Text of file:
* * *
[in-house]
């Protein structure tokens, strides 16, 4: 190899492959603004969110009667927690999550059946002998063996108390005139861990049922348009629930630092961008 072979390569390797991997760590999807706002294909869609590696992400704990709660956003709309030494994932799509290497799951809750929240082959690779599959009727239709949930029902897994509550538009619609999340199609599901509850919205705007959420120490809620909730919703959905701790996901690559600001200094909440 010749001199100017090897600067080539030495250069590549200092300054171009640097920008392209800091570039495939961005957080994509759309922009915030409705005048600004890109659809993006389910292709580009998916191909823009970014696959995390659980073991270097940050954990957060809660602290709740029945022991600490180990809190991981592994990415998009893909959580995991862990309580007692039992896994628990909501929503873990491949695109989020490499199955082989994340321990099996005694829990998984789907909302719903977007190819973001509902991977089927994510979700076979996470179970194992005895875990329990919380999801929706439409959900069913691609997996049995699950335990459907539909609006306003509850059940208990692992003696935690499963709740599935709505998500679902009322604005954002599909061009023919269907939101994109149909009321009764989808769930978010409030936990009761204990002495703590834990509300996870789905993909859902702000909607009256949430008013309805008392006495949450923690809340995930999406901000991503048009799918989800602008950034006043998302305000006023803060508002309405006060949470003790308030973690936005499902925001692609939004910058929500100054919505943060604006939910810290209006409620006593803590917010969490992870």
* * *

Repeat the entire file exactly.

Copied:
[in-house]
């Protein structure tokens, strides 16, 4: 190899492959603004969110009667927690999550059946002998063996108390005139861990049922348009629930630092961008 072979390569390797991997760590999807706002294909869609590696992400704990709660956003709309030494994932799509290497799951809750929240082959690779599959009727239709949930029902897994509550538009619609999340199609599901509850919205705007959420120490809620909730919703959905701790996901690559600001200094909440 010749001199100017090897600067080539030495250069590549200092300054171009640097920008392209800091570039495939961005957080994509759309922009915030409705005048600004890109659809993006389910292709580009998916191909823009970014696959995390659980073991270097940050954990957060809660602290709740029945022991600490180990809190991981592994990415998009893909959580995991862990309580007692039992896994628990909501929503873990491949695109989020490499199955082989994340321990099996005694829990998984789907909302719903977007190819973001509902991977089927994510979700076979996470179970194992005895875990329990919380999801929706439409959900069913691609997996049995699950335990459907539909609006306003509850059940208990692992003696935690499963709740599935709505998500679902009322604005954002599909061009023919269907939101994109149909009321009764989808769930978010409030936990009761204990002495703590834990509300996870789905993909859902702000909607009256949430008013309805008392006495949450923690809340995930999406901000991503048009799918989800602008950034006043998302305000006023803060508002309405006060949470003790308030973690936005499902925001692609939004910058929500100054919505943060604006939910810290209006409620006593803590917010969490992870």